Good Night, Irene: Convention Centers Shrug Off Hurricane

HIL ANDERSON, SENIOR EDITOR
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New York, NY – A light weekend calendar and a little luck prevented Hurricane Irene from causing much damage or disruption to trade show operations in the East Coast.

Most facilities were dark as Irene swept north from the Carolinas to New England and there were only a few major events in the region heading into the Labor Day weekend.

Alirline travel nationwide was seriously affected by Irene,  and the offices of some show organizers and suppliers in the area told Trade Show Executive (TSE) they experienced power and telephone outages that lasted into the following week. However, convention centers were unscathed and were back in business by August 29. “We had a full ‘Irene plan’ in place and fortunately, Boston had minimal damage,” James Rooney, executive director of the Massachusetts Convention Center Authority, told TSE. “Our building held up well.”

Irene appeared to be largely unnoticed by the crowd attending the August 27-30 National Association of Chain Drug Stores (NACDS) 2011 Pharmacy & Technology Conference at the Boston Convention & Exhibition Center. The NACDS conference was the only significant exhibition or conference on the calendar in the hurricane zone.

The Baltimore Summer Antiques Show took place as scheduled at the Baltimore Convention Center. The expo portion of the World Police and Fire Games & Expo at the Jacob K. Javits Convention Center was shortened by a day.

The Atlantic City Convention Center was dark during the weekend although it was pressed into service as staging area for buses carrying evacuees. “We held up very well and the building had no issues at all,” said Gary Musich, vice president of convention development for the Atlantic City Convention & Visitors Authority. “All convention center operations were back to normal immediately.”

The Virginia Beach Convention Center, which is set away from the coast, was one of the first venues to be tested by Irene and rode out the storm in good shape. “The building held up well,” said General Manager Courtney Dyer. “There were a few small leaks from driving rain but no damage. Virginia Beach held up surprisingly well considering the eye of the hurricane passed about 20 miles off shore.”

Irene came and went just in time to allow the Myrtle Beach Convention Center to host the August 29 opening of the Golf.com World Amateur Handicap Championship and its associated golf equipment exposition.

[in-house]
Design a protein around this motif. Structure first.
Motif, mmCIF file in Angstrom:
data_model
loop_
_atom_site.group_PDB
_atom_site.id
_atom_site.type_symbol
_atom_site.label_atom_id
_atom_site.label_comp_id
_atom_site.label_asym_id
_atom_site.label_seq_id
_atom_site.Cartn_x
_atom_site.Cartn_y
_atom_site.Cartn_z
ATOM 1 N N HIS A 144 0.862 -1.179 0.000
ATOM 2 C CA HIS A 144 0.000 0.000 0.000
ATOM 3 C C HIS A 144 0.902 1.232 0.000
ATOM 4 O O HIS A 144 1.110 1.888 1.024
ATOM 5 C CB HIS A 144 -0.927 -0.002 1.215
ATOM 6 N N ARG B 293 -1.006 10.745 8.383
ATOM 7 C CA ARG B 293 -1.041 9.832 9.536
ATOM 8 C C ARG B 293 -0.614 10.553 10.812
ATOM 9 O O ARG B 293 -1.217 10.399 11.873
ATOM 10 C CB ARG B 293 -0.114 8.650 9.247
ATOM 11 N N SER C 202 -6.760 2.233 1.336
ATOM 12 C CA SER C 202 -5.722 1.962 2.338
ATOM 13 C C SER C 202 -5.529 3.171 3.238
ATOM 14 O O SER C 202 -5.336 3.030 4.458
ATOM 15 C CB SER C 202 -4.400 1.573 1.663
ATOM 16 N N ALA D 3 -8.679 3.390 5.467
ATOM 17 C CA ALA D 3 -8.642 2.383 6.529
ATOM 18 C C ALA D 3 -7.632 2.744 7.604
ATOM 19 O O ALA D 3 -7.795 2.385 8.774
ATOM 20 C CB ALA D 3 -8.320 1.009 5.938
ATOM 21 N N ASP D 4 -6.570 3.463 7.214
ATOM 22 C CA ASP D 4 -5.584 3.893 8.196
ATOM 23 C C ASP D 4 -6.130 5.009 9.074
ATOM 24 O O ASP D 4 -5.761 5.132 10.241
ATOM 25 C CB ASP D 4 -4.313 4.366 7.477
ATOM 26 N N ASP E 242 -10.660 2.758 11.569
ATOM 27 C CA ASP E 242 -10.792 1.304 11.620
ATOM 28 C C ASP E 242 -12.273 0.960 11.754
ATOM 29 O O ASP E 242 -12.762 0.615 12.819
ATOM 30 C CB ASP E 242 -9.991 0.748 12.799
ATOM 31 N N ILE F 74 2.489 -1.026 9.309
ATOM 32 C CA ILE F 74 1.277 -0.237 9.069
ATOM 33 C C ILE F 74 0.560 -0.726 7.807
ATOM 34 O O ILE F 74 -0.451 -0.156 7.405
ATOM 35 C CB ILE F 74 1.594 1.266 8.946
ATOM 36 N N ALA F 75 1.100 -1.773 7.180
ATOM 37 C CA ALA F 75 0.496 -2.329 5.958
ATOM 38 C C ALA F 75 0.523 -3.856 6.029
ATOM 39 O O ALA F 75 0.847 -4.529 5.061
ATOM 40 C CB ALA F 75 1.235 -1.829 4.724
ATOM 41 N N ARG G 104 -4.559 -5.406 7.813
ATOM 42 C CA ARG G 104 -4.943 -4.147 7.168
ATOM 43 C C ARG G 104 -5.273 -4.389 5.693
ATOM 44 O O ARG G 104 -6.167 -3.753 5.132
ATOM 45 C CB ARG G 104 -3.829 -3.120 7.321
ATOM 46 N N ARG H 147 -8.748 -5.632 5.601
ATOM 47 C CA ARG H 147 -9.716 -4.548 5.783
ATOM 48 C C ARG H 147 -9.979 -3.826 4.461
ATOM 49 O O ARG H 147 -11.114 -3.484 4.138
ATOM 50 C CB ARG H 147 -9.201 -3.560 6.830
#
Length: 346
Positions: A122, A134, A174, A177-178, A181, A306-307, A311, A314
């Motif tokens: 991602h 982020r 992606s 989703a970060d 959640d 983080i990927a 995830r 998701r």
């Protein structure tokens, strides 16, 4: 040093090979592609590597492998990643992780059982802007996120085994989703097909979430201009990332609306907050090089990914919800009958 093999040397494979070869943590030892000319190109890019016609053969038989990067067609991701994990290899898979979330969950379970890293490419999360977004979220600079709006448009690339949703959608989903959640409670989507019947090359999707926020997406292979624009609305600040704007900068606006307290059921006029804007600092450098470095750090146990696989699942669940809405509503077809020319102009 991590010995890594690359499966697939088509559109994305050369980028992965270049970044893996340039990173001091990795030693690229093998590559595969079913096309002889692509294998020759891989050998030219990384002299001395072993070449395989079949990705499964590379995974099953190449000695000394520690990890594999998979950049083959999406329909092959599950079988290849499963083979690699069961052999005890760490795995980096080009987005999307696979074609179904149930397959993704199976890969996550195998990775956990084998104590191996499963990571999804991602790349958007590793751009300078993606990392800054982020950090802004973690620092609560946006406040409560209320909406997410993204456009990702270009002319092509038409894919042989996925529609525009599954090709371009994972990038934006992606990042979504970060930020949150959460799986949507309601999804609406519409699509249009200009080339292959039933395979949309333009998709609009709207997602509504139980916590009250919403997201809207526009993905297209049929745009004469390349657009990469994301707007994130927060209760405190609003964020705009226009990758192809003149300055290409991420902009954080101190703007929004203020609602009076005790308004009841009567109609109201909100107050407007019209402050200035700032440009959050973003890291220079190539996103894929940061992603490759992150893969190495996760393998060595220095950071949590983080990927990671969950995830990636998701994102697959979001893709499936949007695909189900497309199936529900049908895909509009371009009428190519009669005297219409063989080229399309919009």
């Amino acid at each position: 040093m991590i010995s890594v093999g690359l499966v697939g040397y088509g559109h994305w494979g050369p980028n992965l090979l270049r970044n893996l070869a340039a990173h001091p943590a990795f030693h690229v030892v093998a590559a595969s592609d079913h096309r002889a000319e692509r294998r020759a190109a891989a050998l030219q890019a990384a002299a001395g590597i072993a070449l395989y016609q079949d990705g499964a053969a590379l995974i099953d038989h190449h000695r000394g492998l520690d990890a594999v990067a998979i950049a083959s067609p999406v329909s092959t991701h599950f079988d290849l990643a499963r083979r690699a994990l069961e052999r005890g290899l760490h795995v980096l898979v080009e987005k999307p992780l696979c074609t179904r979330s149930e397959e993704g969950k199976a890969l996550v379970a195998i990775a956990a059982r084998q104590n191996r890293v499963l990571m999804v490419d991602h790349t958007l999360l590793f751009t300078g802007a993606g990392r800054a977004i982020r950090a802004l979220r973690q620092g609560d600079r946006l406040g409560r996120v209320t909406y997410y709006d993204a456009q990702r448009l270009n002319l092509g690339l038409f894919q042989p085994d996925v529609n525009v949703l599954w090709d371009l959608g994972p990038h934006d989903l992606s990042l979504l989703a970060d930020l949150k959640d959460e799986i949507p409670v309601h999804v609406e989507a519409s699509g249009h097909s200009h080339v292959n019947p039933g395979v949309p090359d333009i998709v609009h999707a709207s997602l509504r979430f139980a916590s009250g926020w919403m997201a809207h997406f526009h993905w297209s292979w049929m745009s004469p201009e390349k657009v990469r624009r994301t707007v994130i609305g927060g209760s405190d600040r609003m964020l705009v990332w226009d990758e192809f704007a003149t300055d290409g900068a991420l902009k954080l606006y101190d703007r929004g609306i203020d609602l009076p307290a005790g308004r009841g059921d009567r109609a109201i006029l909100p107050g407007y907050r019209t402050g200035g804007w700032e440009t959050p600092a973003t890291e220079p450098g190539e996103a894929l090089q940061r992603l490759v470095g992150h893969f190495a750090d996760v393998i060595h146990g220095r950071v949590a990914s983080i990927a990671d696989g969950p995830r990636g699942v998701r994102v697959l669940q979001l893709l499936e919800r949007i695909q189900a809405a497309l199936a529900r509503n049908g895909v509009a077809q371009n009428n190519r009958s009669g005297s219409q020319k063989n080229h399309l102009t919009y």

“The convention center is two blocks from the oceanfront and we made preparations upfront such as  moving outside furniture in and checking that all outside equipment was secure,” said General Manager Paul Edwards.

Hargrove Shuffle
The wet and windy weekend in Washington, DC  kept the team busy. The Maryland company handled the set-up for the dedication of the Martin Luther King memorial on the National Mall and its connected festivities.

The event was postponed late Thursday after Hargrove had made extensive preparations involving 10 semi-truck trailers packed with gear plus 400 port-a-johns. In addition to a huge crowd, the dedication was expected to draw numerous VIPs from President Obama on down.

“Hundreds of thousands of attendees were expected on Sunday, and we had a large volume of equipment in place on the National Mall including 10 linear miles of bike rack, 30,000 chairs and significant staging,” CEO Tim McGill told TSE. “We were ready to respond to a change of plans and had undertaken an exhaustive review of our safety procedures and are organizing staff training.”

“We’ve already moved a gala earlier this week due to the earthquake,” McGill added.

Reach James Rooney at (617) 954-2470 or jrooney@massconvention.com; Gary Musich at (609) 449-7110 or gmusich@accva.com; Tim McGill at (301) 306-9000 or tmcgill@hargroveinc.com; Courtney Dyer at (757) 385-2000 or cdyer@visitvirginiabeach.com; Paul Edwards at (800) 537-1690 or pedwards@cityofmyrtlebeach.com; Jennifer Sargeant, manager, NACDS Foundation programs and education, at (703) 837-4224 or jsargeant@nacds.org